Political polling is a weird, parallel universe. That is because there is a belief that if a candidate appears more viable, she is more viable, because folks might not turn out if they think their candidate has no chance. So this goal orientation felt by some pollsters skews pretty much everything. It is what makes me give more credence to a Fox poll showing Biden leading than one from a place with a name like Monmouth University (which I know nothing about and so give a zero prior).

So while what Andrew wrote is certainly true, that “different orgs use different data collection methods and do different adjustments,” some of those adjustments do indeed involve putting a thumb on the scale.

And then there are these entity names, like “Benenson Strategy Group,” “Global Strategy Group,” and “Data for Change.” I don’t want my polling entities to have a strategy or be working for change!

• confused says:

…and this year there’s also the fear that if Biden looks *too* far ahead some Democratic-leaning-but-not-strongly-committed people might not bother to vote (as it seems to be widely thought that the widespread assumption that Trump had no chance had that effect in 2016).

Didn’t the Biden campaign just come out with something like ‘no we’re not really ahead by 10+’?

3. N says:

Have you compared your estimates of house effects to those of 538? I just looked picked two, Mason which you estimate as +1R is +0.6R “mean reverted bias” on 538 and The Tyson Group you estimate at +1D is +0R on 538. Your intervals are pretty wide so maybe comparison is not very useful, but seems like it might be worth checking if things are generally agreeing. See https://github.com/fivethirtyeight/data/tree/master/pollster-ratings

• N says:

I also wonder if it might make sense to somehow incorporate 538’s ratings into your prior. Why start with a weak prior assuming unbiased polls if we have some general information on how polls are biased?

• Andrew says:

N:

I don’t think we’d want to literally use their ratings, because I assume that much of their rating is based on the same data we’re using. It could make sense to allow for correlation in pollster ratings from one election to the next. I’m not sure how high the correlation would be, though, given that pollsters are always trying to do better. But, sure, I agree with your general point that additional information is out there, and we should be able to use it in some way.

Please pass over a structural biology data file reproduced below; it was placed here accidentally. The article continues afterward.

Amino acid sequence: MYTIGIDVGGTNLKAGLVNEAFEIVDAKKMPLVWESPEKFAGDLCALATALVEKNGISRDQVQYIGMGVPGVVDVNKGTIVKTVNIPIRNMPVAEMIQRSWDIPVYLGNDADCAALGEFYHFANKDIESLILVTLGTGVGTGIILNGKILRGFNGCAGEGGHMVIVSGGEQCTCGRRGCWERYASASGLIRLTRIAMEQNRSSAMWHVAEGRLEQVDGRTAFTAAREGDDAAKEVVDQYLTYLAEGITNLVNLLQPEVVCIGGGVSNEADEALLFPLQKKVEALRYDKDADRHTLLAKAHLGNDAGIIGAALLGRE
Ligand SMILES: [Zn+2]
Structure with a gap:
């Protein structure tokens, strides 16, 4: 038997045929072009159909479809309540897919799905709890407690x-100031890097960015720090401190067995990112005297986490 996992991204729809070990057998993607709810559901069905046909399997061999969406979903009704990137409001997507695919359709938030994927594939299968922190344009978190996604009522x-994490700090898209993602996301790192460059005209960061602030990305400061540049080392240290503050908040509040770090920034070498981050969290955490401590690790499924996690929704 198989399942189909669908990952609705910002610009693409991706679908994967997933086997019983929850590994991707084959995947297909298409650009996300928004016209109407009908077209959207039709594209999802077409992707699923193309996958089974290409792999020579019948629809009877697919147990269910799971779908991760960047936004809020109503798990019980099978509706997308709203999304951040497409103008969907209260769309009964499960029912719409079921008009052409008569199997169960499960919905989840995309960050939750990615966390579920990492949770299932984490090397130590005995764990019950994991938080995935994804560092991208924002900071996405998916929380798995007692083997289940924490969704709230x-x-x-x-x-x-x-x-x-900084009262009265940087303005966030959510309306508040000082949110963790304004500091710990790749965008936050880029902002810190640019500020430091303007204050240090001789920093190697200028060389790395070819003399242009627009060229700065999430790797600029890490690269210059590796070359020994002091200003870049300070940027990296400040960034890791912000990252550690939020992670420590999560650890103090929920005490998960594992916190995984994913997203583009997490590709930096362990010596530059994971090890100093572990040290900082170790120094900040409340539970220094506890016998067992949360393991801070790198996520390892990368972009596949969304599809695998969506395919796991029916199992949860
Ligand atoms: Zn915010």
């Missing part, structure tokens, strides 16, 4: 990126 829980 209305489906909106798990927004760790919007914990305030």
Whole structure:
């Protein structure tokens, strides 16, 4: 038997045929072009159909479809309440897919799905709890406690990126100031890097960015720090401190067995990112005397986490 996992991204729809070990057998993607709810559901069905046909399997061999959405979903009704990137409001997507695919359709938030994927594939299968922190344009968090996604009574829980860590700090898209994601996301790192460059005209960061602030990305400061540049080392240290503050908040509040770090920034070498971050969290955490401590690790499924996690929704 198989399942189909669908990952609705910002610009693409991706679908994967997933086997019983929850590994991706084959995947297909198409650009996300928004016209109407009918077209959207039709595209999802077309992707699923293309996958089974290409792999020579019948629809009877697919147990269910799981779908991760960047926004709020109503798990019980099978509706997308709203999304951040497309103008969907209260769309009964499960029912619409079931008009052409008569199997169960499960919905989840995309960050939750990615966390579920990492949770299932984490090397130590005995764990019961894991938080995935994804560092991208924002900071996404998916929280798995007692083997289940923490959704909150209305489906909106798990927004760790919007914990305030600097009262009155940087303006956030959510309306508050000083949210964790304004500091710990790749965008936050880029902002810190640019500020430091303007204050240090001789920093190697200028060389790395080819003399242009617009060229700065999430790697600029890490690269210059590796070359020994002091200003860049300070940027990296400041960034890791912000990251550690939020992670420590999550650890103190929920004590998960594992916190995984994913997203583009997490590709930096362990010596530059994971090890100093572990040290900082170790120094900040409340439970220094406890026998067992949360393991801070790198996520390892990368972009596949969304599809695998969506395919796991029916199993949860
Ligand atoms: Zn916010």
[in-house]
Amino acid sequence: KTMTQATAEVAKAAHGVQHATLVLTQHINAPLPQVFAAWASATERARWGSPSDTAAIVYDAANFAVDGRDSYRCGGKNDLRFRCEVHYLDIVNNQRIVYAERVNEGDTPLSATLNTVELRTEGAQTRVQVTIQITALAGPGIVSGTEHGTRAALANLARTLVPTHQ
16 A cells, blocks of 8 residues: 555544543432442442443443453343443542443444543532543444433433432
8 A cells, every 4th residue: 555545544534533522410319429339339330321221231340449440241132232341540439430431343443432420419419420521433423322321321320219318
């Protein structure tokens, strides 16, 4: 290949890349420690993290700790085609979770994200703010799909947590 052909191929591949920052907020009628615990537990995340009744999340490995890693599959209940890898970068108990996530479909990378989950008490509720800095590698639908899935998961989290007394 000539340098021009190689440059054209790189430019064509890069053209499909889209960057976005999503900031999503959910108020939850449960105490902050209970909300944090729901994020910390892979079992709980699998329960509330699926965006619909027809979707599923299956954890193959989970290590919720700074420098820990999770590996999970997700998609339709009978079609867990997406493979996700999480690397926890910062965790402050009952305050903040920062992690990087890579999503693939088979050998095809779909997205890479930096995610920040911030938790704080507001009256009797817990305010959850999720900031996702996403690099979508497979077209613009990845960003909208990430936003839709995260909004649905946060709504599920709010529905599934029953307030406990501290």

4. Clemente says:

/ “Rather, different orgs use different data collection methods and do different adjustments. So they’ll get different answers.”

Has not the professional discipline of Survey Research by now established which Data Collection Methods and Data Adjustment Methods are valid and objectively recommended ?

Why would professional polling organizations have any significant methodology variations when examining exactly the same (relatively straightforward) issue ?

• Andrew says:

Clemente:

If the response rate were 100%, then, yeah, it’s all straightforward math. When response rate is less then 10%, then lots of choices need to be made. Different pollsters make different choices. This was the case 30 years ago (see here), and it’s even more so today.

5. Alan E. Dunne says:

Dear Sir

One way to avoid overinterpretation might be to present the distribution the biases, or bias estimates, found over the range from +2 Trump to +2 Biden (or whatever the actual extremes are) and see if it is normal.

Yours Sincerely